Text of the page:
By Peter Hagwall, Strategy Manager for Process Development Tools

The need for deeper process understanding grows with the increased molecular diversity in the pipeline. For instance, new critical quality attributes (CQAs) associated with these novel formats means more attention must be paid to sources of variability.Many factors can give rise to process variability, such as variation in different process parameters or raw materials. This article focuses on process robustness and the impact of chromatography resin attributes as well as how to identify which parameters and interactions to focus on in your process characterization studies.

Literature covering impact of resin attributes

The effect of resin attributes on chromatographic performance is well known from the basic theory. However, most of the published examples relate to ranges of attributes that are typically broader than the specification ranges for commercially available resins.

From a process robustness perspective, it is more relevant to examine the effect of variations within a tighter range corresponding to the actual variation of the resin manufacturing process. Published examples of such studies are less common simply because most purification processes are robust enough to accommodate small variations in resin attributes.

A recent white paper on understanding sources of process variability lists examples of publications that indicate that resin attributes can impact the outcome of biopharmaceutical processes. It also shares a summary of observed process-specific impacts in some of our resin development projects.

Risk assessment support for quality by design (QbD)

One of the central concepts of QbD, as well as stated in ICH Q8 guideline (1), is the focus on a risk-based approach. The efforts to reduce variability should be based on an assessment of the potential impact on the quality of the drug substance.

There is a lot of focus placed on establishing best practices and tools for such risk assessment procedures. The output of this assessment will guide you on what parameters, attributes, and interactions to include or focus on in the process characterization studies.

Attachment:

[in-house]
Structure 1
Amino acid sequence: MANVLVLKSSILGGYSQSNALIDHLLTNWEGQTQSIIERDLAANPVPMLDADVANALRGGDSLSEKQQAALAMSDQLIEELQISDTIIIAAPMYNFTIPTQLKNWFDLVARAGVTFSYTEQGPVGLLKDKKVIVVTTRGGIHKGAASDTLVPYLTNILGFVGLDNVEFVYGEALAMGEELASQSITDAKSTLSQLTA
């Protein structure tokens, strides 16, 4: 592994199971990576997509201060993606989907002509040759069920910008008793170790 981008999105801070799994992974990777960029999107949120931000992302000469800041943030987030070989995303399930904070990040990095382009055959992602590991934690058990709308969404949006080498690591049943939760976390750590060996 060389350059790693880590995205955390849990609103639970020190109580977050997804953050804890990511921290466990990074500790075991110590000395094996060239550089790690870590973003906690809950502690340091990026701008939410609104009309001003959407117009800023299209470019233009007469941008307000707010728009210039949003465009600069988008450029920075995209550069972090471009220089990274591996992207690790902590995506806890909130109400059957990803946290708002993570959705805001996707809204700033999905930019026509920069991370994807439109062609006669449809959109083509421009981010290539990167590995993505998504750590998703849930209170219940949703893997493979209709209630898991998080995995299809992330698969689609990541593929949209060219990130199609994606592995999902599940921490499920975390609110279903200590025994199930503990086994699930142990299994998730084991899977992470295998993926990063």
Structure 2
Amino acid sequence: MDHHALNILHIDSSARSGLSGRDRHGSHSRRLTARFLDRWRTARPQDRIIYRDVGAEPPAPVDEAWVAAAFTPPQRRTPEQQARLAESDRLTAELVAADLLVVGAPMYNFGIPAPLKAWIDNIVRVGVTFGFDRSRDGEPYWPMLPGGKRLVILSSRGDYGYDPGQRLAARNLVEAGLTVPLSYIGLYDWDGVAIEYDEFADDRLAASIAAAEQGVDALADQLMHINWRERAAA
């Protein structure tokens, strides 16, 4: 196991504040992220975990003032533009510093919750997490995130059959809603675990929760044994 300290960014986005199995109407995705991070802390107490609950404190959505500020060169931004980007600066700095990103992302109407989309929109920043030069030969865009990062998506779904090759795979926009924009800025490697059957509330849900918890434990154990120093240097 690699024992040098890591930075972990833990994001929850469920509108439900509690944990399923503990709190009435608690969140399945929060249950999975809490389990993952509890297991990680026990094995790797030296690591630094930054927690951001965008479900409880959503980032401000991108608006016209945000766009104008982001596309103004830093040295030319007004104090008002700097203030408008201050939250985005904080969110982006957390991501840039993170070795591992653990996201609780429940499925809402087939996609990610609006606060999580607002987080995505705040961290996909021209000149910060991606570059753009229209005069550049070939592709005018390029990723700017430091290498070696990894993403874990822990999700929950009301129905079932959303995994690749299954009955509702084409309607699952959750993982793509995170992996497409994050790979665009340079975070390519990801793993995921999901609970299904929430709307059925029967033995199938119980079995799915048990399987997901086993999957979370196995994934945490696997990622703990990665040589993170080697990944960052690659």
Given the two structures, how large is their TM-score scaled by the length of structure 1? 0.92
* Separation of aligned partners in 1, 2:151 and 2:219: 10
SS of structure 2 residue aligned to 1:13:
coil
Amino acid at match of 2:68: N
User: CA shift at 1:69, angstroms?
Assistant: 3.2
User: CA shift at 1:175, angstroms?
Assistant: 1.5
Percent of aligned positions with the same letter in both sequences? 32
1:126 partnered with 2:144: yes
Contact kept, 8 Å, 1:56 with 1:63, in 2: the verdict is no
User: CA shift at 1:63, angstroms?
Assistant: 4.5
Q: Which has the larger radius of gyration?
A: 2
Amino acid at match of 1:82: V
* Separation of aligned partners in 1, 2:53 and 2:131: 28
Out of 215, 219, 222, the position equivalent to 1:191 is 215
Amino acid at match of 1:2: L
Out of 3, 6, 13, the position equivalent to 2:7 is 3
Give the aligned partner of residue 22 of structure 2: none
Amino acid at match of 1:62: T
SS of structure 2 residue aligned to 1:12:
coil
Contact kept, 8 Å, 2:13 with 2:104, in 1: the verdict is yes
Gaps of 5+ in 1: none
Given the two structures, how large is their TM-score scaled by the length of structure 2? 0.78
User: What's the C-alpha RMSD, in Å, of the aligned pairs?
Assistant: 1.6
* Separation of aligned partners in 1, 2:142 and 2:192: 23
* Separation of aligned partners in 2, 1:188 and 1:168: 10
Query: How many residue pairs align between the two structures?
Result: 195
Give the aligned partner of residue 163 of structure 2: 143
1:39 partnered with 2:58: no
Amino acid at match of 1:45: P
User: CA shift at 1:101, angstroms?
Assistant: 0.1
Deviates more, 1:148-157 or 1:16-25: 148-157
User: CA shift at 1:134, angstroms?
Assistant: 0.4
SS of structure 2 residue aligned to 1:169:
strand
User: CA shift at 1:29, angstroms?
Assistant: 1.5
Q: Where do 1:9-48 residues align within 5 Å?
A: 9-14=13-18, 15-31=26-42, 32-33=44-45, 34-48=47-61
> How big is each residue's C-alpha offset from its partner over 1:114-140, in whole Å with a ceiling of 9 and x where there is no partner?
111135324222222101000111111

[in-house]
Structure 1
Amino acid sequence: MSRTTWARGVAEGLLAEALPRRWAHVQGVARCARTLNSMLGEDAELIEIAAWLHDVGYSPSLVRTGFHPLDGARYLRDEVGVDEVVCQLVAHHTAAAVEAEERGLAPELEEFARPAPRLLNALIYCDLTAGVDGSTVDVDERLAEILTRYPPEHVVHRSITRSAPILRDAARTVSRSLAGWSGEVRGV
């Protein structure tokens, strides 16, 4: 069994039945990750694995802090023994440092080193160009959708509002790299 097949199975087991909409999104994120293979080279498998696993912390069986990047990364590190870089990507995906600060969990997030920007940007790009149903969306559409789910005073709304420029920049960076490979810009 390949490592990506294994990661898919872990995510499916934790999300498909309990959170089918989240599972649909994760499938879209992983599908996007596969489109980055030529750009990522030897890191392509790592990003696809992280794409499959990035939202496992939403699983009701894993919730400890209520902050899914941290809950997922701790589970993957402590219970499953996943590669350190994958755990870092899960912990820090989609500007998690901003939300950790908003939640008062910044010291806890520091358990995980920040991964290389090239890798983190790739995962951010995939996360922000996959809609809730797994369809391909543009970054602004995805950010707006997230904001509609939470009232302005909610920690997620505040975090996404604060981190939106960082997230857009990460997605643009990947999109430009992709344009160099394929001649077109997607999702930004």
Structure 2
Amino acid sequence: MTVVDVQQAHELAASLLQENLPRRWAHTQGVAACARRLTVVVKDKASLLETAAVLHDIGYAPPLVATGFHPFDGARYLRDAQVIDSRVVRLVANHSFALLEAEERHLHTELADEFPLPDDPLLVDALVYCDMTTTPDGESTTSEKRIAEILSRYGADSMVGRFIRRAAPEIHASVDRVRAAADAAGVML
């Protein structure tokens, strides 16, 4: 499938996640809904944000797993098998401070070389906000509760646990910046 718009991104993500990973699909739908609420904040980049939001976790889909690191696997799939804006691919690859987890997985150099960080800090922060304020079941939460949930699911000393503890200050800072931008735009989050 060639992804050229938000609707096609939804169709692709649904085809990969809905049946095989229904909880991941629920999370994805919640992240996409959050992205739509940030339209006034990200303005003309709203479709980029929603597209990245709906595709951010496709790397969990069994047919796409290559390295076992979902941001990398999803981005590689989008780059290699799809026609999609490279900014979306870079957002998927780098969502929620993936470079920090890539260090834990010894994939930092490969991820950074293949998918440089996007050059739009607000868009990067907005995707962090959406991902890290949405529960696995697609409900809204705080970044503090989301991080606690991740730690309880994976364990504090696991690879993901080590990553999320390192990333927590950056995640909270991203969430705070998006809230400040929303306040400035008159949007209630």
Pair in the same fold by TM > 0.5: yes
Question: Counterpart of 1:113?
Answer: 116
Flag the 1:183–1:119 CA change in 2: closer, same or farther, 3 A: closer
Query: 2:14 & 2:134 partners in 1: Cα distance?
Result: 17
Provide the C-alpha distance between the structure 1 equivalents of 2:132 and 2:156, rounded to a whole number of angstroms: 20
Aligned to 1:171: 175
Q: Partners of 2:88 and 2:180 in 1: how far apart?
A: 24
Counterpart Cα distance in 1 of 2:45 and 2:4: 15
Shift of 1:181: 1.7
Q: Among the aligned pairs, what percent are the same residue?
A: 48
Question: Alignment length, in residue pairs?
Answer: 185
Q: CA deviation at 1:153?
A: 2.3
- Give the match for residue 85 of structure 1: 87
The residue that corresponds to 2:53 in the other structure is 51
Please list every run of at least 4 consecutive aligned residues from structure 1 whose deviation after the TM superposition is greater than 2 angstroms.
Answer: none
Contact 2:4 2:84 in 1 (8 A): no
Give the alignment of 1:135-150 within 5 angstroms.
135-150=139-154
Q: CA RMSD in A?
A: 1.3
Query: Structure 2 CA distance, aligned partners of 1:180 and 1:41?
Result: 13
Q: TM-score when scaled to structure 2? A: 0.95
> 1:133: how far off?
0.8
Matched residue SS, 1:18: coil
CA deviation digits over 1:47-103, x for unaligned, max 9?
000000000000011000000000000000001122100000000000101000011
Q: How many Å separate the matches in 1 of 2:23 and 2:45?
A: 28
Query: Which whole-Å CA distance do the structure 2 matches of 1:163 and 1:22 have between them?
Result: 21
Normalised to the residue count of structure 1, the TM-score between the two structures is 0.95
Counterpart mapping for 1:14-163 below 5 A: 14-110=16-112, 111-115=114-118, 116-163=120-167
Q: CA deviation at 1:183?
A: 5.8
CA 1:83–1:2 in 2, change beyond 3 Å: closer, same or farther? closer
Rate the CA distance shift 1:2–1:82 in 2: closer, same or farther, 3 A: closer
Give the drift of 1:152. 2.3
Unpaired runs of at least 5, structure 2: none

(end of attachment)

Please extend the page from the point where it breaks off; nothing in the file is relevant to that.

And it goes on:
The general steps in a QbD-aligned risk assessment procedure

The first step of a risk assessment procedure focuses on gathering existing knowledge of the unit operation. This includes, for example, information about the purpose of the unit operation, the protein properties, and critical process parameters (CPPs).

In the second step you identify factors that might impact the process outcome. This article discusses only resin attributes and interaction effects with process parameters, but there are many other factors that could potentially affect product quality and process performance (Fig 1).

It is important to remember that process parameters like load ratio and, pH, and conductivity are more likely to have an impact than resin attributes in any given process. This fact is reflected in the current practice of focusing on the process parameters first during process characterization.

Fishbone diagram showing chromatography resin as one of the multiple factors that might affect purity in biomanufacturing downstream processes.

Fig 1. Fishbone diagram (Ishikawa diagram) showing chromatography resin as one of the multiple factors that might affect purity.

The final step in the risk assessment is process- and potentially product-specific. It must therefore be performed by the process development team. It is, nevertheless, valuable to include existing experience from chromatography resin manufacturers in this step.

Our recommendations for when to study resin variability

As a resin manufacturer, we can provide risk assessment support based on the experience we’ve collected from our resin development DoE studies and interactions with biopharmaceutical companies.

Table 1 outlines a risk assessment support matrix for chromatography process characterization studies. In this table, we have assessed the different chromatography techniques on a graded scale from “Considered robust” to “Characterization recommended”. Even though this is a much simplified view that does not include CQAs, it can add basic insights.

The typical process parameters studied in process characterization (e.g., load ratio, pH, and conductivity) are also graded for comparison. It is important to acknowledge that interactions between process parameters and resin attributes are possible.

The impact of elution conductivity can, for example, have interaction effects with ligand density in cation exchange chromatography. It can also have interaction effects with salt level and resin hydrophobicity in hydrophobic interaction chromatography (HIC).

Table 1. Risk assessment support matrix for chromatography process characterization studies

Chromatography technique Mode Process parameters Resin ligand density1 Resin based matrix properties

Not applicable / not assessed

Multimodal CIEX B/E

Not applicable / not assessed

Multimodal AIEX B/E
Protein A affinity B/E

Not applicable / not assessed

1Ligand density is typically represented by model protein retention for HIC resins

B/E = Bind/elute, FT = Flowthrough

Considered robust
Characterization to be considered
Characterization recommended

To get the full details and more recommendations, download the white paper on understanding and addressing sources of process variability.



  1. ICH Q8(R2), Pharmaceutical Development, International Council for Harmonisation (2009). [Online.] Accessed 01 July 2019.

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